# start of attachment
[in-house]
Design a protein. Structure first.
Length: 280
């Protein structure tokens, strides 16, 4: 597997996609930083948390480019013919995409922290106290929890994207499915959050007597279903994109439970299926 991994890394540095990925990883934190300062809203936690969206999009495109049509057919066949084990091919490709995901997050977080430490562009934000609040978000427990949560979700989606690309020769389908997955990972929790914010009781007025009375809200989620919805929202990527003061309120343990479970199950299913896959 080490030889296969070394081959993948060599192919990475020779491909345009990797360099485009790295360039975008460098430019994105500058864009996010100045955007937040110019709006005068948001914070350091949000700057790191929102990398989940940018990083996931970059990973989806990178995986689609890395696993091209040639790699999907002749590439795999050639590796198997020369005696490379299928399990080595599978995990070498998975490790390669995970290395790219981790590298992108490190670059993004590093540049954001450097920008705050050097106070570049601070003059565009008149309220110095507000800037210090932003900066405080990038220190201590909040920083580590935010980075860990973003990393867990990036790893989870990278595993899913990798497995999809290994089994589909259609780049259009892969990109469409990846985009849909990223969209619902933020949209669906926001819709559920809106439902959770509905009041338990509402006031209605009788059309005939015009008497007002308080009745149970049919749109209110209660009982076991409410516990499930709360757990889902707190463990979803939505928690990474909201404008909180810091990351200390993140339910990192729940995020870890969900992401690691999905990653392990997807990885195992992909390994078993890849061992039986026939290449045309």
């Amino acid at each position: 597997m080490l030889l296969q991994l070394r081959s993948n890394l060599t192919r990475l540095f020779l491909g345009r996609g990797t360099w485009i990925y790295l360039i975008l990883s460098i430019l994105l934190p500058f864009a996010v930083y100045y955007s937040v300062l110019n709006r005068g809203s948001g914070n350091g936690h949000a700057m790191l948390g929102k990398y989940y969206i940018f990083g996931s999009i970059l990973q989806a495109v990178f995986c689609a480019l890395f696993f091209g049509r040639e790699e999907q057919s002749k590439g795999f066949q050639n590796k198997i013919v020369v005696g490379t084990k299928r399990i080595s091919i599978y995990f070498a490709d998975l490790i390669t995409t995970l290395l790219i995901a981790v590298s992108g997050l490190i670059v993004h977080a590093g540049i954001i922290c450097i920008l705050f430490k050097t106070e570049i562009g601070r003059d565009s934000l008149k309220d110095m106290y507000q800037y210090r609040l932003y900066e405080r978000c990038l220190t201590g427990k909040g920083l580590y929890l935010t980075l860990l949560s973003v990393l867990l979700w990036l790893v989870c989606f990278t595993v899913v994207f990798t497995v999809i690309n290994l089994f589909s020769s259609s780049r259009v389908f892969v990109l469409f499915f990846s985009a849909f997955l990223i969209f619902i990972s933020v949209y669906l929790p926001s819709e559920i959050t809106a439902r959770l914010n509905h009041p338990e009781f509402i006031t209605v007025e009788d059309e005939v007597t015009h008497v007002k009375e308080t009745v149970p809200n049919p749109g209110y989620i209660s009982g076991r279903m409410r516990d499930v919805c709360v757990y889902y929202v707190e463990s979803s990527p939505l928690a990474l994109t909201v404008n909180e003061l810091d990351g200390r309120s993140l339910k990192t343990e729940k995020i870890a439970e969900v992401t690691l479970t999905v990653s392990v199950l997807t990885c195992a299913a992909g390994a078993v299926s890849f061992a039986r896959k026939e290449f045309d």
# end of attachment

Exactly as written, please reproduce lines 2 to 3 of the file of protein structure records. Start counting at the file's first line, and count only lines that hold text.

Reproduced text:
Design a protein. Structure first.
Length: 280